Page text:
Real Estate Word of the Day: Easement
An easement is a legal concept that grants a specific individual or entity the right to use a portion of another person's property for a particular purpose. This right doesn't involve ownership of the land itself, but rather a limited, non-possessory interest in the land. Easements can exist for various purposes, ranging from granting utility companies access to install and maintain infrastructure, to allowing neighbors a pathway across a property.
Types of Easements
There are several types of easements that can impact real estate:
- Easement Appurtenant: This type of easement involves two adjacent properties, with one property (the dominant estate) benefiting from the easement over the other property (the servient estate). An example would be a property with a driveway easement that crosses a neighbor's land.
- Easement in Gross: In this scenario, the easement benefits an individual or entity rather than a neighboring property. An example is a utility company's right to install power lines through a specific parcel of land.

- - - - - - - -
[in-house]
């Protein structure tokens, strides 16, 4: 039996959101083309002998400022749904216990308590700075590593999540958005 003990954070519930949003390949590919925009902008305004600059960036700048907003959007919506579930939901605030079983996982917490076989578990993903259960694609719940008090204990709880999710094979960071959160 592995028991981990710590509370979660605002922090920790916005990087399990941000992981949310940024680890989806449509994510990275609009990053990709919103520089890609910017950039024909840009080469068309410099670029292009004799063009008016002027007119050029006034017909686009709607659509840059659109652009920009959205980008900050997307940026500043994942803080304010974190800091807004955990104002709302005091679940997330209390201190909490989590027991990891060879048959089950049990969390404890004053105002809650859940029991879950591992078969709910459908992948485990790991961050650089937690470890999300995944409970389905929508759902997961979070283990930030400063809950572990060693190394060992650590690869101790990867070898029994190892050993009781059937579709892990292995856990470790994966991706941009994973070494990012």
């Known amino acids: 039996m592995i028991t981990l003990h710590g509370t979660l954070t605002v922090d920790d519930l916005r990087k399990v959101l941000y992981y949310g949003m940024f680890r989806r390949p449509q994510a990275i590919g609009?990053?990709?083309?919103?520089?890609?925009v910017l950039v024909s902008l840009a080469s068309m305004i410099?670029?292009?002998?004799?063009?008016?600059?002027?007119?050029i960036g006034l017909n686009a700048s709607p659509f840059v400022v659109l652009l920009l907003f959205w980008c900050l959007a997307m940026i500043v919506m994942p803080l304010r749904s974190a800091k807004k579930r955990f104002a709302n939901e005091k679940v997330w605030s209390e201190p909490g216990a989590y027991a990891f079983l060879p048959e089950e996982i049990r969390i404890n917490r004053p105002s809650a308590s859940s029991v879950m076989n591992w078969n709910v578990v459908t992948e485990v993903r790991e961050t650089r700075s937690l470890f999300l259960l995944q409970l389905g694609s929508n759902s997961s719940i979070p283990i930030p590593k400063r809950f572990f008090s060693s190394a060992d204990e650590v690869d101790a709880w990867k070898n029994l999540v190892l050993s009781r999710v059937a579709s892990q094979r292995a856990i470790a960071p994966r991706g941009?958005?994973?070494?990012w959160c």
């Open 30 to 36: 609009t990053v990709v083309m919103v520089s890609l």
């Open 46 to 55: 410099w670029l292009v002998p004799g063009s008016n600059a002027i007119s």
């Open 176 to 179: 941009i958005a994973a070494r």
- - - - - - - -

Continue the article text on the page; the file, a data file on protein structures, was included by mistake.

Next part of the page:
- Prescriptive Easement: Also known as "easement by prescription," this is a right acquired through continuous and open use of another person's property for a certain period without the owner's permission. An example might be a footpath that neighbors have used for decades.
- Express Easement: This is an easement that is explicitly granted by the landowner through a written agreement, typically outlined in the property deed.
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